Despite the increasing interest in NFC and its remarkable utility in clinical practice and research, there is no consensus or standardized approach to the evaluation of several capillaroscopic parameters. Recent studies have been published evaluating the reliability of videocapillaroscopy ([7, 10-12]), but studies comparing the performance of widefield NFC and videocapillaroscopy are scarce ([13, 14]). The present study aimed to evaluate and compare the diagnostic performance and reliability of different parameters evaluated by widefield NFC with those obtained by videocapillaroscopy in the assessment of microcirculation in patients with several forms of RP.
Box 1. Significance & Innovations
- Nailfold capillaroscopy (NFC) is an important tool for the investigation of patients with Raynaud's phenomenon (RP). Nevertheless, there is no guideline about the method and the parameters that should be evaluated.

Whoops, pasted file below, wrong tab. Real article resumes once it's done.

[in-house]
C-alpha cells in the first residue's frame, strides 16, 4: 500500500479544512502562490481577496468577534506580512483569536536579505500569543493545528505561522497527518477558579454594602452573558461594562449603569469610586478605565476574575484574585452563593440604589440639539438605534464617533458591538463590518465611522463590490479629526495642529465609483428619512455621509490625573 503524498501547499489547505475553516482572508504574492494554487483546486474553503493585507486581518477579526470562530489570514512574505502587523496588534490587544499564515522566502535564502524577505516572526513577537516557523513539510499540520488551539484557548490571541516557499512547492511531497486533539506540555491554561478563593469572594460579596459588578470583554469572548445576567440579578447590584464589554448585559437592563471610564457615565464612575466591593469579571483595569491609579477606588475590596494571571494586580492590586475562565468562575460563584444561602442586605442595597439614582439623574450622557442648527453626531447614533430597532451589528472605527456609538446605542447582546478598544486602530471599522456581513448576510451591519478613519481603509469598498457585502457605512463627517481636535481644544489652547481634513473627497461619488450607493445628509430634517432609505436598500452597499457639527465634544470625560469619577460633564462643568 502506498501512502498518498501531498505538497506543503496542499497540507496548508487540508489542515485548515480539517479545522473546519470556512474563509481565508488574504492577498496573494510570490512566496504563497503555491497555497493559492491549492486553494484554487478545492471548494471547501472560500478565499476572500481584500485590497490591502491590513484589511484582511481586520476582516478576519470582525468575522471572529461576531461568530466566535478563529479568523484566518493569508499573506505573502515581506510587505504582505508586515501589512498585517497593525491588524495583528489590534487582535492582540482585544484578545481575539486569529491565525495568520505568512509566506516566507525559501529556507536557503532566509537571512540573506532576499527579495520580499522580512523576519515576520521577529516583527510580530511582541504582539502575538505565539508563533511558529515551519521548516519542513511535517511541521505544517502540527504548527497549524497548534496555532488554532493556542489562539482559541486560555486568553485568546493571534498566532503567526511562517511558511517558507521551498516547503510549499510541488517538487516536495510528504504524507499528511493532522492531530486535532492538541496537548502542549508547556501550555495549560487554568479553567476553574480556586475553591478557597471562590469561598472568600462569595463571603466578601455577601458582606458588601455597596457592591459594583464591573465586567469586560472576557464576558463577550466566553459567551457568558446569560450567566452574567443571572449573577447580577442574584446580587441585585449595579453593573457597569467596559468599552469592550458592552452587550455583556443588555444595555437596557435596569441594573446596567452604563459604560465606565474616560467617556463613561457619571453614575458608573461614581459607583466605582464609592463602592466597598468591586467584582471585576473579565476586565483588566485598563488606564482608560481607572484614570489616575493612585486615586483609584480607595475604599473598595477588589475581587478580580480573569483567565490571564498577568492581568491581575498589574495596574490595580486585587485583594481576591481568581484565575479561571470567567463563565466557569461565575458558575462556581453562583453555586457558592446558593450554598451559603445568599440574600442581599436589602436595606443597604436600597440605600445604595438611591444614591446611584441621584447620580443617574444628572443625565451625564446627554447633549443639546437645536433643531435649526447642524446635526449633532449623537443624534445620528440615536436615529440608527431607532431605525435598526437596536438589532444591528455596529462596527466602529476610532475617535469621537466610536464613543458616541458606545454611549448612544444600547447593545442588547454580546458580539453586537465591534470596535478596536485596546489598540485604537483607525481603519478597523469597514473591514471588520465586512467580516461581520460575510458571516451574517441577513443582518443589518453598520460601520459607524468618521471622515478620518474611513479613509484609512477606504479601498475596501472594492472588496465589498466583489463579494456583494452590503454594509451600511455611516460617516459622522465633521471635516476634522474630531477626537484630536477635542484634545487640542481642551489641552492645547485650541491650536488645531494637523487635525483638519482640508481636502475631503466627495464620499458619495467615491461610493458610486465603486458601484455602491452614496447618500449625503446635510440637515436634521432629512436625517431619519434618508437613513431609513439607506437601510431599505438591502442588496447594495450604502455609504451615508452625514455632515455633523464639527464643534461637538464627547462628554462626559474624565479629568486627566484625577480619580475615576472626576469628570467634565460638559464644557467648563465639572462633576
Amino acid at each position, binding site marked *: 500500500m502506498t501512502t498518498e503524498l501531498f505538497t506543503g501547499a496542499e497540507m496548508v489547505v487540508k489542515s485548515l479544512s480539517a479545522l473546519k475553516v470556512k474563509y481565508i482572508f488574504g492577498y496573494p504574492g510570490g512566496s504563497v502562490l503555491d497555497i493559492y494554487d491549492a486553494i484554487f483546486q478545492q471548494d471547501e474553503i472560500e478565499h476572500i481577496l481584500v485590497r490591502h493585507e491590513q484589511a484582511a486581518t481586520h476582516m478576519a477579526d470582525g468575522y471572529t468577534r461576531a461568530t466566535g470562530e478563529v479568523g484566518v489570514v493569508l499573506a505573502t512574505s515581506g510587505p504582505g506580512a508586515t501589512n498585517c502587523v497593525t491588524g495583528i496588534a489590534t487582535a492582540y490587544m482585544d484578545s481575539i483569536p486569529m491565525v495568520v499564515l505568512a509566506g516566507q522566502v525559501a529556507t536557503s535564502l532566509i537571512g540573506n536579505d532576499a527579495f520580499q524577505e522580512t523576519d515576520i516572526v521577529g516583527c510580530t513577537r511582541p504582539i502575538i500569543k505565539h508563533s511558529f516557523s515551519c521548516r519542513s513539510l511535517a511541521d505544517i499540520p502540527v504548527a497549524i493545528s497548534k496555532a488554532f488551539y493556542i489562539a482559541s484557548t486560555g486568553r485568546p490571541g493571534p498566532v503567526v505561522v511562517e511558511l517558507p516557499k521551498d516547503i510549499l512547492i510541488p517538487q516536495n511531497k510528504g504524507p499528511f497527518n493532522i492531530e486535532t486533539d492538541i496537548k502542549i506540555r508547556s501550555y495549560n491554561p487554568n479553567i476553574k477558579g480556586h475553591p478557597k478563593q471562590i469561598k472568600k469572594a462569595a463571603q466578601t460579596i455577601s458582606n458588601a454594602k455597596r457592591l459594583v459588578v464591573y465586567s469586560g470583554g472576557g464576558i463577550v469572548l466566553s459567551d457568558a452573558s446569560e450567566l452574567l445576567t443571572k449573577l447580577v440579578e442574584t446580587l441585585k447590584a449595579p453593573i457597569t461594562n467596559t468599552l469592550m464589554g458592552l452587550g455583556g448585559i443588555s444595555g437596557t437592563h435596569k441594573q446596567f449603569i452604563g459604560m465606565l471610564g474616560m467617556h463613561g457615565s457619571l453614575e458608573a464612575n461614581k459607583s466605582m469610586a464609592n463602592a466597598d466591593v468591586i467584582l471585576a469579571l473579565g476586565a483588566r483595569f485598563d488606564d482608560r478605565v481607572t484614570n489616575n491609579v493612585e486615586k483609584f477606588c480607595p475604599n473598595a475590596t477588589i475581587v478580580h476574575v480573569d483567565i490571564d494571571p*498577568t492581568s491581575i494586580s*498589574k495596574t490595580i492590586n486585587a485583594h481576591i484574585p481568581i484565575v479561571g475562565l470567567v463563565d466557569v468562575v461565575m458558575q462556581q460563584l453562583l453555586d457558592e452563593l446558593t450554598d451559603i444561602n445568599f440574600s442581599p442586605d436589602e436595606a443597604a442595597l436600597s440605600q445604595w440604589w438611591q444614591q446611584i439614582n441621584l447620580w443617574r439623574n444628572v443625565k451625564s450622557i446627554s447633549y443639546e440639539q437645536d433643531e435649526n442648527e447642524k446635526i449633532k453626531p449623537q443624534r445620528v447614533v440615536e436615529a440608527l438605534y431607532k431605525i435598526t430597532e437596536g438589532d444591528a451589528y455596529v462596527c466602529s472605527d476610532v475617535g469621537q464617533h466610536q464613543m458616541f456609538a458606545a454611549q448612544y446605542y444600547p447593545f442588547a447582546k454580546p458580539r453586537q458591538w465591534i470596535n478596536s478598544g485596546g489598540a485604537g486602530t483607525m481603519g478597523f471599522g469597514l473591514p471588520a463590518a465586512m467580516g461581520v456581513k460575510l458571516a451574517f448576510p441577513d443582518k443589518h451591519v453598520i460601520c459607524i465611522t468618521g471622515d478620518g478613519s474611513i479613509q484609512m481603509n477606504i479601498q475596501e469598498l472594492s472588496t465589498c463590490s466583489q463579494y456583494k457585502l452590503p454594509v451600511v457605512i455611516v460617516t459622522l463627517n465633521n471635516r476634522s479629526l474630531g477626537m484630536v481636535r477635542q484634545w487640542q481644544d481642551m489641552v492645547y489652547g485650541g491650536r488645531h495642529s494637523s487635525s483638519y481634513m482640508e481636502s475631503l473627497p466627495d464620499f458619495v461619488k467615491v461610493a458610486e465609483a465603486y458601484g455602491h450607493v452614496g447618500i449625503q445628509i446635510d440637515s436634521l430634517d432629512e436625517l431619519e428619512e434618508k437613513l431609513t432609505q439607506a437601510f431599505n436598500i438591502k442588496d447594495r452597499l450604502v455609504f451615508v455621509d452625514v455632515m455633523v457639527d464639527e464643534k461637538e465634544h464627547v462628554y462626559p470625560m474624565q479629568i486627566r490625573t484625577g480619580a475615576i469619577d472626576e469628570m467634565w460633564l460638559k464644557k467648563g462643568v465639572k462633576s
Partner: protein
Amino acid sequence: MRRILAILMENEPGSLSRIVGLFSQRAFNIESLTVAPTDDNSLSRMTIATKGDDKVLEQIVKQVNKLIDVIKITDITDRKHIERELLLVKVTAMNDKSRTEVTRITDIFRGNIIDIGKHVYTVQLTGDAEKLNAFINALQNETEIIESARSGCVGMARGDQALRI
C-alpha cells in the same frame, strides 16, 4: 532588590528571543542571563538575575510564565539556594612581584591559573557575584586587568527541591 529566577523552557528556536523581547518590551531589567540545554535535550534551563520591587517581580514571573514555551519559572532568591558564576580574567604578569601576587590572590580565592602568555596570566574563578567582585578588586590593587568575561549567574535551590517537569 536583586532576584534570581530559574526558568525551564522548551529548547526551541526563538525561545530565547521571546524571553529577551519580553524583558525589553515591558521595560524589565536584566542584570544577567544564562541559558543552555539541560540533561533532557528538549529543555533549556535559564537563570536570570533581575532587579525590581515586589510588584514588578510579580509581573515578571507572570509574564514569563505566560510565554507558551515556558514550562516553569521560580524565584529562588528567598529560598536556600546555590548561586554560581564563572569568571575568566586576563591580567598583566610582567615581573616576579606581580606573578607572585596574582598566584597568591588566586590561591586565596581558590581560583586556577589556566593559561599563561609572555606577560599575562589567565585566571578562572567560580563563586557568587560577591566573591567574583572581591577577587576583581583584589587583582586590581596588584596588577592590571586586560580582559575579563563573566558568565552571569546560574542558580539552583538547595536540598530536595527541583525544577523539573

- The performance for the diagnosis of systemic sclerosis (SSc) and the reliability of widefield NFC, a simple and low-cost method, were compared with those obtained by videocapillaroscopy, which is considered a more sophisticated method.
- Widefield NFC and videocapillaroscopy showed a similar performance in discriminating SSc patients from controls and RP patients. There was excellent intra- and interobserver agreement for all parameters evaluated by both methods.
- Widefield NFC and videocapillaroscopy were reliable methods, suggesting that both can be used equally for assessing peripheral microangiopathy in RP and SSc patients.
- Top of page
- MATERIALS AND METHODS
- AUTHOR CONTRIBUTIONS
NFC is considered one of the most important tools for the evaluation of microcirculation and early diagnosis of SSc. The present study originally performed a head-to-head comparison between 2 NFC methods (widefield NFC and videocapillaroscopy) that are widely used in clinical practice and research. The most important parameters related to the scleroderma pattern were analyzed by both methods. Both widefield NFC and videocapillaroscopy were equally able to discriminate SSc patients from healthy controls and from non-SSc patients with RP. The comparison between widefield NFC and videocapillaroscopy showed a strong and significant correlation in the evaluation of the number of capillaries/mm, enlarged capillaries, giant capillaries, and avascular areas. Finally, there was excellent intra- and interobserver reliability for all parameters evaluated either by widefield NFC or by videocapillaroscopy.